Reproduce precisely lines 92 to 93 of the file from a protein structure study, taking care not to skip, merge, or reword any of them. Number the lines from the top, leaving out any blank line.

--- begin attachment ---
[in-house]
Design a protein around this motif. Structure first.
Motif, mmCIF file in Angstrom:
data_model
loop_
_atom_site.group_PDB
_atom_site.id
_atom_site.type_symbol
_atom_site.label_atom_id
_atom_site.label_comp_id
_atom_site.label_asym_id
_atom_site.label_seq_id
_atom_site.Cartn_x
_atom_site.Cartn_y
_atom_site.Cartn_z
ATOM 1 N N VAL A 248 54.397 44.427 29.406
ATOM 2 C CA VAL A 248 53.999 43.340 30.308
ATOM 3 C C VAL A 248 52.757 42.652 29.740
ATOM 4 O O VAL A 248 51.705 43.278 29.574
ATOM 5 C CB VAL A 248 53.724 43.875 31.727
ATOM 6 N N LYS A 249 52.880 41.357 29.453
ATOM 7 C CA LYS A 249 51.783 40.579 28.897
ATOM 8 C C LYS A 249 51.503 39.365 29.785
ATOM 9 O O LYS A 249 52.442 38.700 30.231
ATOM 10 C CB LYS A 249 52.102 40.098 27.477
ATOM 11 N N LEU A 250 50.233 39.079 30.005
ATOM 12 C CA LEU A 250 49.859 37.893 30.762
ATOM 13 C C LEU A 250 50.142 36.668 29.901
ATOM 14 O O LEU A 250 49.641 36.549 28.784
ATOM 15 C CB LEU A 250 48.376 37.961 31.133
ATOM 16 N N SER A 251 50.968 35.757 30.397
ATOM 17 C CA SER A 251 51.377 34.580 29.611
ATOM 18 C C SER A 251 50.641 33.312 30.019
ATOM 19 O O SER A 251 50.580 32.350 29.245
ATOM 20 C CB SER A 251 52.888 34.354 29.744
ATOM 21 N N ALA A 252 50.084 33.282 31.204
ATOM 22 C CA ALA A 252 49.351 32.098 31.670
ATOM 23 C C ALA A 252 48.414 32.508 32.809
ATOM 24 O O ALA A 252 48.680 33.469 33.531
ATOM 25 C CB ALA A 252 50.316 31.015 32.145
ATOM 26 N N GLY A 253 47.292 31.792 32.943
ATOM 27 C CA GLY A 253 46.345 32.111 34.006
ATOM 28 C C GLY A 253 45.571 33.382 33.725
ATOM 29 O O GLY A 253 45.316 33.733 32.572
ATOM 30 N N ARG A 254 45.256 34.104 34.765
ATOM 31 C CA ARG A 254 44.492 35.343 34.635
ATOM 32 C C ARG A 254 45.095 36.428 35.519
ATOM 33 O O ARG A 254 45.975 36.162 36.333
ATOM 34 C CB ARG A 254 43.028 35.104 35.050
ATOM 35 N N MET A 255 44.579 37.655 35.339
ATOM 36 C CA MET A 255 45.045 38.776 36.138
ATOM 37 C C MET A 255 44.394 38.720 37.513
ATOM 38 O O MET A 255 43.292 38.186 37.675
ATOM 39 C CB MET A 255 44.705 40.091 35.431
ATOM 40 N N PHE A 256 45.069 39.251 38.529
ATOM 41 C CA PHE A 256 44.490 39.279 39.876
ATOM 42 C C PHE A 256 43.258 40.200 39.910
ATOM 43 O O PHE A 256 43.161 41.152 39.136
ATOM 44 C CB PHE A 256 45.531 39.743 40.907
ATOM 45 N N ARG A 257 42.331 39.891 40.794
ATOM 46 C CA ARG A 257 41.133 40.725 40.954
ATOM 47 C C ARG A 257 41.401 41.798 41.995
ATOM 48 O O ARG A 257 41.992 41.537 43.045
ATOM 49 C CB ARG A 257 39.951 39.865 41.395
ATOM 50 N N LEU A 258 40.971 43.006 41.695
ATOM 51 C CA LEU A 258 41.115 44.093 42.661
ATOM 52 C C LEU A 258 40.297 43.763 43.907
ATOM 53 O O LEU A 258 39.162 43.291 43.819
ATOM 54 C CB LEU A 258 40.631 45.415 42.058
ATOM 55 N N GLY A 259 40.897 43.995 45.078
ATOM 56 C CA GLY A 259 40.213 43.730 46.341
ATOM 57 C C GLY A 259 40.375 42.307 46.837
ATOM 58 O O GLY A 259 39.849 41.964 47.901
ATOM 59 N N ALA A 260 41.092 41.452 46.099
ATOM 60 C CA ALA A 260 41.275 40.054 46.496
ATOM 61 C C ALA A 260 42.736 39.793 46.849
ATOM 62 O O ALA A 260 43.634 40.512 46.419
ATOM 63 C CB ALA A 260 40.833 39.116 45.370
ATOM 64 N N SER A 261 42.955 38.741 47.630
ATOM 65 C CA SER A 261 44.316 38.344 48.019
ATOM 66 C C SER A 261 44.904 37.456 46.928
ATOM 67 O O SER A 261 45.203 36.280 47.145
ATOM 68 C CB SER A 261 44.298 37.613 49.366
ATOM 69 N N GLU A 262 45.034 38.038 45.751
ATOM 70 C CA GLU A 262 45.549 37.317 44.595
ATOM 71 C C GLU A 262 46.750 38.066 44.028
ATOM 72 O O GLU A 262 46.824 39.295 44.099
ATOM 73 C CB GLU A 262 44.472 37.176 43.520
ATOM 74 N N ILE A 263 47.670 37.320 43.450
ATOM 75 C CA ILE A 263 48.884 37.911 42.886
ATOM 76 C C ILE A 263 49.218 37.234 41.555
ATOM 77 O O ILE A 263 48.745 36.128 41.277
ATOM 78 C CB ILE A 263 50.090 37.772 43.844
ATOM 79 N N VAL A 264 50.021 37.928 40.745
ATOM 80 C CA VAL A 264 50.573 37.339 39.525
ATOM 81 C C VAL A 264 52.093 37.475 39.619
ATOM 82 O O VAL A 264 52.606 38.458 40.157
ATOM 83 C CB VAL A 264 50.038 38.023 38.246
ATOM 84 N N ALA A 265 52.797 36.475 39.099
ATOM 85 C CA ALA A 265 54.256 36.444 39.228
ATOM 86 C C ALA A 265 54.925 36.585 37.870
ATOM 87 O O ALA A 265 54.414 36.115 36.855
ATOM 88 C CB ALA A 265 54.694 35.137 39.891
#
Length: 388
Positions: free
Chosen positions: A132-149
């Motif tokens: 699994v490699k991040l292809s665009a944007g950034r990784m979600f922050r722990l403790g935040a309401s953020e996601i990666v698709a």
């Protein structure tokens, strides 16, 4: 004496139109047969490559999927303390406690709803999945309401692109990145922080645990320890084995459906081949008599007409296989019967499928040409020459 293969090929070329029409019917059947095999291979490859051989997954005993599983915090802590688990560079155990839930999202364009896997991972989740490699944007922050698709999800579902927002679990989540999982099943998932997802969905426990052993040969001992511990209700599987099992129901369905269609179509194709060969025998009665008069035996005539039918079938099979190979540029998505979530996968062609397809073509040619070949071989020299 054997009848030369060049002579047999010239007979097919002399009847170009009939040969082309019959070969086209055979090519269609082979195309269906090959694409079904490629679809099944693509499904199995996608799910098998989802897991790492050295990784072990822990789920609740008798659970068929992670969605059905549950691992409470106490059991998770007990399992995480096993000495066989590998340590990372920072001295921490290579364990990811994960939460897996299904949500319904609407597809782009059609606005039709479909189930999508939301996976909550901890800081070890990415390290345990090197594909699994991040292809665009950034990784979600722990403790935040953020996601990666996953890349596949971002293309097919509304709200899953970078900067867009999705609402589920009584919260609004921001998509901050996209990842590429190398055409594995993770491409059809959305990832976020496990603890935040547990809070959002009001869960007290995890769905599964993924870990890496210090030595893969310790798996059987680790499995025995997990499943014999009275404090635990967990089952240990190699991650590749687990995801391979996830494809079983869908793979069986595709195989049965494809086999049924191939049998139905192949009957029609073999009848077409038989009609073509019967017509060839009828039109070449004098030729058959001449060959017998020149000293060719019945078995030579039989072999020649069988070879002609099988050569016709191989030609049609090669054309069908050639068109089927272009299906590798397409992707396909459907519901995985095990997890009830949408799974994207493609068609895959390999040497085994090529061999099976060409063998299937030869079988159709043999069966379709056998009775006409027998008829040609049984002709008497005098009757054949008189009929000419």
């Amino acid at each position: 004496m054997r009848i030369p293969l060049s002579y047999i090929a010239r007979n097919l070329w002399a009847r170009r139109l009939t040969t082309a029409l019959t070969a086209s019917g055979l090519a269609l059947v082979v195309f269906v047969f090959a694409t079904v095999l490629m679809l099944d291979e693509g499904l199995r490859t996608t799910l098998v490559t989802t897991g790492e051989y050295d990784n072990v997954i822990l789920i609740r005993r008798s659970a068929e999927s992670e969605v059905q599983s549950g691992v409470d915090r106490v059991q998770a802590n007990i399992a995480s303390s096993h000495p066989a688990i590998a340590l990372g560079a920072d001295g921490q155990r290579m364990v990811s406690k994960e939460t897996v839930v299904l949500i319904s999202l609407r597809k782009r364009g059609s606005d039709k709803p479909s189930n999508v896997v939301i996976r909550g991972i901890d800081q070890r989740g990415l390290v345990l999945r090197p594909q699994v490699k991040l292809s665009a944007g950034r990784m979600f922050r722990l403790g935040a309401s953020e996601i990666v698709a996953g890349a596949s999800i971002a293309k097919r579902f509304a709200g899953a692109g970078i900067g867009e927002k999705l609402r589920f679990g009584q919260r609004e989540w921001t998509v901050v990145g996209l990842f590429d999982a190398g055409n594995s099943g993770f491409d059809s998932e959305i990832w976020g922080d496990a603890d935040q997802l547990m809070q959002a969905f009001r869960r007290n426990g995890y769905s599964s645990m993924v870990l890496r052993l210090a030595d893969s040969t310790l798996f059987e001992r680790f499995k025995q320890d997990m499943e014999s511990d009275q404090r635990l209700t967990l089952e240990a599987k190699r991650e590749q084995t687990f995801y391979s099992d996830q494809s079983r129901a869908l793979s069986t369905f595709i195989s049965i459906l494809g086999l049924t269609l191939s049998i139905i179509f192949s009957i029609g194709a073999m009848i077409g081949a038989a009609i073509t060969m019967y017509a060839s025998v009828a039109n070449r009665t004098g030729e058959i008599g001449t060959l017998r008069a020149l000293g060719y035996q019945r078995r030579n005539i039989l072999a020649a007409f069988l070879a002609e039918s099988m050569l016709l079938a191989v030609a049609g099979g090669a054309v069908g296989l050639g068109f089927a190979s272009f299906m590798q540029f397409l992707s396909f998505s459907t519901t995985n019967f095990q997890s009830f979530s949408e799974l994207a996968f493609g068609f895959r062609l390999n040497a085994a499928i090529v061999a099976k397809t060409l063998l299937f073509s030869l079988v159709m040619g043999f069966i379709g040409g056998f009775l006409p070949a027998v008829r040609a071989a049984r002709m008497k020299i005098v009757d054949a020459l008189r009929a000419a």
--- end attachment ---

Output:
ATOM 77 O O ILE A 263 48.745 36.128 41.277
ATOM 78 C CB ILE A 263 50.090 37.772 43.844